Social Media for Customer Service Summit: The Lowdown
The Conversocial team recently attended our industry's leading event, the Social Media for Customer Service Summit. Over the following weeks, I’ll be bringing a recap for those who missed it – best practice from Zappos, FedEx, Samsung, Hilton, McDonalds, jetBlue, Verizon and more.
A major theme for discussion at the Summit this year was hiring. An inevitable starting point; I need to get someone to do this, but who? What was notable from corporates who have been building up these teams in 2012 was the number who are delving into the contact center for social customer service staff. A quick poll of the room, of representatives from airlines to retailers to telecoms, suggested that about 75% were taking this route. It was the answer to a relatively simple question: if we think about what we’re really trying to achieve, who in our organisation is best equipped to do it?
It seems good customer service knowledge has become the industry-accepted standard for all leading social media strategists today. Ring Central ensures that their social media team is at least Tier 1 level savvy (where 90% of customer service queries can be handled) when it comes to customer support – something so important that Baochi Nguyen, Director of Social Strategy, has made sure she’s Tier 1 competent herself.
So access to information is clearly important but what added value does your team need to bring? For companies such as FedEx and GoDaddy, social requires their very best agents, who have demonstrated good judgement and casework - the Super Agents. The social customer service world is breaking the contact center status quo; all leading management teams today are seeking out those rising stars that demonstrate initiative, who can roll with the social media punches and seize social media opportunities.
Zappos is still pioneering the most innovative approaches to hiring a team that loves what they do. “Hire Slowly. Fire Quickly” is their motto; it’s important that the right amount of time is put into finding team members who will fit the Zappos culture (largely centered around great customer service) and who are right to engage in social media. An interview at Zappos will present you with completely out of the box questions; a favourite of the room was, “If you had a theme song, what would it be?” Previously the remit of the creative world, questions such as these might just reveal what kind of employee a candidate might be. Will they love their job, love looking after customers, and have the flair to do it well through social channels?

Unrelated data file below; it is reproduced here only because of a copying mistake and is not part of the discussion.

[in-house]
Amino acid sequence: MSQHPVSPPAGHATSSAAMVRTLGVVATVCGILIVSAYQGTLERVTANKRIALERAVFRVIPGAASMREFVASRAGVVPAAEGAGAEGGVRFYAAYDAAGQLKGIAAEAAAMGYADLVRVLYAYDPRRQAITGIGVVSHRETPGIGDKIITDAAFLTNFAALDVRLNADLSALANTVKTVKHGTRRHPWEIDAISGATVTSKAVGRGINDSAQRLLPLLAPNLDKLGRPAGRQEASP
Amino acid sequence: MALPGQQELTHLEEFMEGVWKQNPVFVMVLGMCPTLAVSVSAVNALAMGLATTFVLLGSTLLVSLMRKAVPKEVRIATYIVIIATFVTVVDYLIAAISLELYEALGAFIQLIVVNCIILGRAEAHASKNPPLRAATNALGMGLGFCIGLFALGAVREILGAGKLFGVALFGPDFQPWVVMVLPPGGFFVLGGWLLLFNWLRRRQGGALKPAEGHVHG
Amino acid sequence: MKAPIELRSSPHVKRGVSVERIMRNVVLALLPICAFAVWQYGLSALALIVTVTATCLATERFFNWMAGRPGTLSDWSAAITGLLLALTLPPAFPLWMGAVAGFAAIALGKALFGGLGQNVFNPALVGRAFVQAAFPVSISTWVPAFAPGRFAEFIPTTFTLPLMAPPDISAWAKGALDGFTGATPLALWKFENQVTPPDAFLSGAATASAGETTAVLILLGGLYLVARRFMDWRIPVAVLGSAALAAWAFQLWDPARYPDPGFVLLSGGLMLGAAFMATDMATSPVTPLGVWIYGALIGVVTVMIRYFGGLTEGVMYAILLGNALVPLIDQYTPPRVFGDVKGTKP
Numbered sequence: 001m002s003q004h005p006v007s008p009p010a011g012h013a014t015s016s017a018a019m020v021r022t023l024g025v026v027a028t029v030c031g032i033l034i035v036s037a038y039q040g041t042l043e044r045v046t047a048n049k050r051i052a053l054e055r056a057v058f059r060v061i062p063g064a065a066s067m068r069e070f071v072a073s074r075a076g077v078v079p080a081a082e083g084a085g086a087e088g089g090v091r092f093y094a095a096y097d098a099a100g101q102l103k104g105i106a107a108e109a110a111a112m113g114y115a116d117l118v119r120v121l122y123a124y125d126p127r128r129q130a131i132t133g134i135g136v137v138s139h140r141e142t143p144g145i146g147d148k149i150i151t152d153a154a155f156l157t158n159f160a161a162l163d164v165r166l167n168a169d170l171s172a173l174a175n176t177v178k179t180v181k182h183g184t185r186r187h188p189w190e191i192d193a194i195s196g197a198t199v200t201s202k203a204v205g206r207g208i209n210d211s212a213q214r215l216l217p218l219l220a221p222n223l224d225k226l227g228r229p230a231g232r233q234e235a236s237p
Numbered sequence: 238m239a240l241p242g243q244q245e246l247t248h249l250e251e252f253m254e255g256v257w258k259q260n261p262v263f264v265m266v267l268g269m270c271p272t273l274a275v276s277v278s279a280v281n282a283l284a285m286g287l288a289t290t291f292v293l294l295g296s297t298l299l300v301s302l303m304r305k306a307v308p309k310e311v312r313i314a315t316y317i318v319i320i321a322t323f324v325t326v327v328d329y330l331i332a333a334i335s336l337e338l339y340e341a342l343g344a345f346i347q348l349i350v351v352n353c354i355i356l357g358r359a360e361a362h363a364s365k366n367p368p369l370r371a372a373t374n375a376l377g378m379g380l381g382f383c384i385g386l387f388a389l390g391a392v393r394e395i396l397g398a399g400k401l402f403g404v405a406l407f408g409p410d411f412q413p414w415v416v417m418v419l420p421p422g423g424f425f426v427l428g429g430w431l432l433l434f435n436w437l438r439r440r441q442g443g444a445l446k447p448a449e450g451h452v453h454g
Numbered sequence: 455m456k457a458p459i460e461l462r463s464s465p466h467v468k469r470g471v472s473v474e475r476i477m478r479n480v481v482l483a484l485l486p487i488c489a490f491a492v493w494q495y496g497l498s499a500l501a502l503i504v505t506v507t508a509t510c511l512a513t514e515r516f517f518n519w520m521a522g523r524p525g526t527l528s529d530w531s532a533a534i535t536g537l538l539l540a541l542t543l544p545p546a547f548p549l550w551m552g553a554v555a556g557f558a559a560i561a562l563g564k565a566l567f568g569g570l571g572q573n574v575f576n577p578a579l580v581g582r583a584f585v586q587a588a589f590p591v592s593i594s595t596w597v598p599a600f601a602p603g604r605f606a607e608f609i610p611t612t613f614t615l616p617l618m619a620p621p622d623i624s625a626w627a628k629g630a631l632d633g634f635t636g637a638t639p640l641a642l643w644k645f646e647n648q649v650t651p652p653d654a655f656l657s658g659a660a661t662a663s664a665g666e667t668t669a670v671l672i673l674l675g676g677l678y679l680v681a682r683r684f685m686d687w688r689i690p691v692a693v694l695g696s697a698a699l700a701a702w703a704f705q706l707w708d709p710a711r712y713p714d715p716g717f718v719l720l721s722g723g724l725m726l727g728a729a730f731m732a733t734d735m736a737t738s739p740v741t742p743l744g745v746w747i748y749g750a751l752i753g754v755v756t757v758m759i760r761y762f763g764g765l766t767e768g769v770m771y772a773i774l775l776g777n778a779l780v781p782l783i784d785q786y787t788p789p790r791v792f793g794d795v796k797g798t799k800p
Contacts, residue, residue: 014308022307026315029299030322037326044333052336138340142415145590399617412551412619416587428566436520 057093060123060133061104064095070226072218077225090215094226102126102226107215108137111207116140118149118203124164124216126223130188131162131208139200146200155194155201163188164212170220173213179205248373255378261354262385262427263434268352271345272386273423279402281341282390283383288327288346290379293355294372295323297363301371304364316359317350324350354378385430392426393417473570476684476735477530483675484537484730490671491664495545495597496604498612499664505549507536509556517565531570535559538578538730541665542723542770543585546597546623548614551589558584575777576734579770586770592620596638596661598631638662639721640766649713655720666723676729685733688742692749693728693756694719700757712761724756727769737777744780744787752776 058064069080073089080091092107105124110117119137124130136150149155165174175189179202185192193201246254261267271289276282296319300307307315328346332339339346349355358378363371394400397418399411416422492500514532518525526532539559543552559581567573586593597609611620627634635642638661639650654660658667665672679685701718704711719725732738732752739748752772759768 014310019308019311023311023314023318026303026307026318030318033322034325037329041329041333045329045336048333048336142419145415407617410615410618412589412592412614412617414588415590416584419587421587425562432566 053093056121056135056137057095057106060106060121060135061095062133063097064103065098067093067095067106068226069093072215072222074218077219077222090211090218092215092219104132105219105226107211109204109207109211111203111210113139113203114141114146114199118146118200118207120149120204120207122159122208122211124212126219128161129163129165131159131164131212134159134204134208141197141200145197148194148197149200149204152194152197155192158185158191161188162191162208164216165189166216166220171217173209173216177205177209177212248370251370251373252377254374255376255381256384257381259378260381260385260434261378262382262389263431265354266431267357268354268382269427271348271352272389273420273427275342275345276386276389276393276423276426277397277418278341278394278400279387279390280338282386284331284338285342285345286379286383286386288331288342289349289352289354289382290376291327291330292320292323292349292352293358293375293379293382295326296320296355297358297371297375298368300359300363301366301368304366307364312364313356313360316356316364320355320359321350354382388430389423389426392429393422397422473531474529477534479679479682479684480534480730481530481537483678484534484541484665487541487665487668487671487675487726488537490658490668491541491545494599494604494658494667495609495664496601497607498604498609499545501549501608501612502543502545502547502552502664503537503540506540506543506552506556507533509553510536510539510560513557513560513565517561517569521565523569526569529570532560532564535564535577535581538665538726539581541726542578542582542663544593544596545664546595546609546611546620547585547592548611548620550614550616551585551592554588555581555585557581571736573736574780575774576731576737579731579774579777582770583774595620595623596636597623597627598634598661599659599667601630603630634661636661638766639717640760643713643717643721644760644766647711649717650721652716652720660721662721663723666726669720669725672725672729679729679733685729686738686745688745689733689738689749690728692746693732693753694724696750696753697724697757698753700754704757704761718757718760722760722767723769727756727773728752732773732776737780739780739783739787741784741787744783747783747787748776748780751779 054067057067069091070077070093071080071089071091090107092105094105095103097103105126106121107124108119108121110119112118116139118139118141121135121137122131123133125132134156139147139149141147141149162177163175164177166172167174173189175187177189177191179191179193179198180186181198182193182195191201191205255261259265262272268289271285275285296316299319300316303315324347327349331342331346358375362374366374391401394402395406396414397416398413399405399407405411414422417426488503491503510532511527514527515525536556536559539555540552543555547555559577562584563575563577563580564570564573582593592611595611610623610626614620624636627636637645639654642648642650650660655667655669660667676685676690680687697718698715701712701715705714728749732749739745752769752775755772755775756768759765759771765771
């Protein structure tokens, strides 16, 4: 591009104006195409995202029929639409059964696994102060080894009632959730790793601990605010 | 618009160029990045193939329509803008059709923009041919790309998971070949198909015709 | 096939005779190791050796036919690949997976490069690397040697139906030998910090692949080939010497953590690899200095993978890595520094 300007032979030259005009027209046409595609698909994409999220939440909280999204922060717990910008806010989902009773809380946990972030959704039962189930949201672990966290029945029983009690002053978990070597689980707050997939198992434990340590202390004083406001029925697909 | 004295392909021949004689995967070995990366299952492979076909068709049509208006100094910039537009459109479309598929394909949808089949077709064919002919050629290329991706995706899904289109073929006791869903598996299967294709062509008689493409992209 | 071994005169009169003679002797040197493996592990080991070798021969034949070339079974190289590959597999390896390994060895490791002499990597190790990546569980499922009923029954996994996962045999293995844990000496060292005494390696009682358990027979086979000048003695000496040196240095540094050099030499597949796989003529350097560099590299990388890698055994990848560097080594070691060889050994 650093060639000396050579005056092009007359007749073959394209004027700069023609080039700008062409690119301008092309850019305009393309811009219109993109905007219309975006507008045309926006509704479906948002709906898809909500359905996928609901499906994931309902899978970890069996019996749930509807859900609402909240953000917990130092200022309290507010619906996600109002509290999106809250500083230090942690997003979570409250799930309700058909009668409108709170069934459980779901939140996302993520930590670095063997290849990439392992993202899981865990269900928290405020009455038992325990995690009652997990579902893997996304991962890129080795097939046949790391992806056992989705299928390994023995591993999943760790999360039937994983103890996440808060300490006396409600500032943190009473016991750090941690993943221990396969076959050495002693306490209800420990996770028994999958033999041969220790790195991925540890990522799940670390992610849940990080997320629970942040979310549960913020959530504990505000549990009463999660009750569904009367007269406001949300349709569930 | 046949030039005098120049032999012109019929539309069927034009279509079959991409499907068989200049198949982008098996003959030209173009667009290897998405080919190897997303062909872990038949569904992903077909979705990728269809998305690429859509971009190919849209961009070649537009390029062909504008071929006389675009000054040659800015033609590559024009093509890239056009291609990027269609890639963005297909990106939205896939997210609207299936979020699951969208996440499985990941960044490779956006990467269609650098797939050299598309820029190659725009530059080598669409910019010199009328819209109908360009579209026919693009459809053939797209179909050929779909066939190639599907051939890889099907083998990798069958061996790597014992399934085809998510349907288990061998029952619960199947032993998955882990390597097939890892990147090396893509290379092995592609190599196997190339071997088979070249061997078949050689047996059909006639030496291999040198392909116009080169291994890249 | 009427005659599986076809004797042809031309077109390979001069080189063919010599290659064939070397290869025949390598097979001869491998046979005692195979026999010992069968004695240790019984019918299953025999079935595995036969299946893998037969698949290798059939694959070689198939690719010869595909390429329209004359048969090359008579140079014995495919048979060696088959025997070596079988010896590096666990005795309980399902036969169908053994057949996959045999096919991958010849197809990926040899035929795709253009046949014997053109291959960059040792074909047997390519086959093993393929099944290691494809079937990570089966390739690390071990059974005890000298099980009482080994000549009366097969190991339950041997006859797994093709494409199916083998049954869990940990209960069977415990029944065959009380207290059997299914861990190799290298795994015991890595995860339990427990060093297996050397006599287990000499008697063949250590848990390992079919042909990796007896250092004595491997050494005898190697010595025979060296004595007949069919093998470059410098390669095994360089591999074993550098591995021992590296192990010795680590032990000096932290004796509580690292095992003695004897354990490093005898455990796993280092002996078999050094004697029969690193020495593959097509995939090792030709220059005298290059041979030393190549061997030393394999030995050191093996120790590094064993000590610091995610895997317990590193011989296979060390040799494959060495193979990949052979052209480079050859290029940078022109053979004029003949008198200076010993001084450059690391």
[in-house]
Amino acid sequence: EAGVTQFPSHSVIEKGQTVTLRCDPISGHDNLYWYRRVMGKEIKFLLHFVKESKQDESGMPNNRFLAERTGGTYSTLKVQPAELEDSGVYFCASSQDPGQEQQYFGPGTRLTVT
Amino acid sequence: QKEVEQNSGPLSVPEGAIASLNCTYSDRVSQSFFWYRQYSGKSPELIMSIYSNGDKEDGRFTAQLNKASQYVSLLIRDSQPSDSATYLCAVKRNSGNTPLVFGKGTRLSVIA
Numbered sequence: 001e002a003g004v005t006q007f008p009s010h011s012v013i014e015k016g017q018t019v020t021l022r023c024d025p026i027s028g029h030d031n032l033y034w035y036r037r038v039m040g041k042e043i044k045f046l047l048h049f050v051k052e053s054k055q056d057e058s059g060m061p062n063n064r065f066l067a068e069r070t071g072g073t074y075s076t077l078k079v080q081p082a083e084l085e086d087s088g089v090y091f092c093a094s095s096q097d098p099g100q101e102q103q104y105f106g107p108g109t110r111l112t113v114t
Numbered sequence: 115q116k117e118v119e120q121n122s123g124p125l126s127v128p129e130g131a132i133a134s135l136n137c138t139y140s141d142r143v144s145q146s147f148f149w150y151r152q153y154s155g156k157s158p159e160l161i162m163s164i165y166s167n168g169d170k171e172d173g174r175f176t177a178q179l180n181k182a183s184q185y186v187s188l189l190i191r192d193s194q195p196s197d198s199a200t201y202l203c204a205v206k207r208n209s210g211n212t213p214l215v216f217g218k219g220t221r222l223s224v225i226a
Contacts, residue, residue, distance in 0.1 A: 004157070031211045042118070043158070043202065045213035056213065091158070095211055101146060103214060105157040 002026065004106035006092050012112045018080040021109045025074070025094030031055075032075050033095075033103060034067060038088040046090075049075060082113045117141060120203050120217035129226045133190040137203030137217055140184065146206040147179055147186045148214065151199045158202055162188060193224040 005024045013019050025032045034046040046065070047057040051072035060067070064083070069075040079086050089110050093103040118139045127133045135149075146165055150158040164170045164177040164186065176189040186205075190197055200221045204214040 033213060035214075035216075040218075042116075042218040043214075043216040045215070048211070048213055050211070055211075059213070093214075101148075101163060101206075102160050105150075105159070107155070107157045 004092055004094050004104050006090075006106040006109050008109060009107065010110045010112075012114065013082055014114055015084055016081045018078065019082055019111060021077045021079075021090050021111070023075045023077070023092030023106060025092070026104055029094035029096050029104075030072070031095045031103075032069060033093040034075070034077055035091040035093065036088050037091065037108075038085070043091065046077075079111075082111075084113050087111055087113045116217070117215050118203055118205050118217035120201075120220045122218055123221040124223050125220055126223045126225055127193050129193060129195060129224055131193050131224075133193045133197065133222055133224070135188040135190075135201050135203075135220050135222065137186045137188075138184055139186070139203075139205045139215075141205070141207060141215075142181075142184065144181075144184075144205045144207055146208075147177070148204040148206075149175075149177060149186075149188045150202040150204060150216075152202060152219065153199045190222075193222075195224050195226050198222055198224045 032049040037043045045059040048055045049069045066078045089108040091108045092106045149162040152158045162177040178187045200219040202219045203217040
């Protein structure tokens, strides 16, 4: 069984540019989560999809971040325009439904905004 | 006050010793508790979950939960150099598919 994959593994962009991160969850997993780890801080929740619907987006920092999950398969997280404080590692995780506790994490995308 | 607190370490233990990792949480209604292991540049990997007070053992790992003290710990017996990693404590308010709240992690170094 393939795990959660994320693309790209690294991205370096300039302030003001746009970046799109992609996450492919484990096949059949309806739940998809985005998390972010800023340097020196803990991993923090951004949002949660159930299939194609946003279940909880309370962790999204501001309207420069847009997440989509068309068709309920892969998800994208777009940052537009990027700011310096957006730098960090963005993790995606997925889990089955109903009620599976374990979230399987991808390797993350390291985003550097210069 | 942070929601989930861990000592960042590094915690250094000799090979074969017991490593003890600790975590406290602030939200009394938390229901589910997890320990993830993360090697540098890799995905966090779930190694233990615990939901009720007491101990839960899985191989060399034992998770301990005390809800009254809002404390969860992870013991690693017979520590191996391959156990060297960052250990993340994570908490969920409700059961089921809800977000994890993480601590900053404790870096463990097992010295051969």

A Social customer service team needs the right training to represent your brand and support your customers all at once. Again, Zappos leads the way when it comes to thorough training. After a 4 week program, 98% of trainees are so excited to start full-time with the company, they turn down a $3000 offer to leave. Impressive stuff.
From Zappos, to FedEx, to Samsung - employee empowerment was the leading mantra for social customer care teams; a huge (and I’m sure welcome) departure for many from the rigourous structure and rules of the contact center. America’s biggest retailers and service providers are finally investing in human capital to deliver the experience consumers want. But this doesn’t mean anarchy. For most teams, boundaries and escalation points allow agents freedom to exercise their best judgement within a non-restrictive structure. Zappos’ ultra liberal approach of “no social media policy” probably won’t be right for other organisations that aren’t founded on customer service; but it’s important to allow your team to think about what’s right for customers without having to always ask for permission.
For me, perhaps the most inspiring – and entertaining – lesson from the Summit came from Tony Turnage, Customer Care Manager at FedEx. Tony demonstrated through the wonderful video below, what goes into making the FedEx team great. The FedEx ‘purple promise’ taken by every employee – to put the customer at the center of everything they do – is reinforced every single day, by inspirational management teams.
Team motivation doesn’t stop at the training program for any of these social customer service leaders. For AVG and Media Temple, instilling a passion for social customer relationships the best way to get results from their teams. And that’s achieved through education on just why they should care. Sharing insight on the great work social customer care does for your business and showing your team what they are working towards is proving extremely effective. In the Media Temple office, this is visual – with Twitter feeds and stats for all to see; it’s not just management that should reap the self-satisfaction of doing a good job. This resonated with me as something we’ve seen from our most successful customers; giving your staff a reason to work hard everyday isn’t too complex. Seeing customers happy and knowing you’re making a difference through your work is the making of a great customer care team.
What do you look for in a social customer service agent, and how do help your staff to get there? We’re interested to hear your thoughts in the comments below!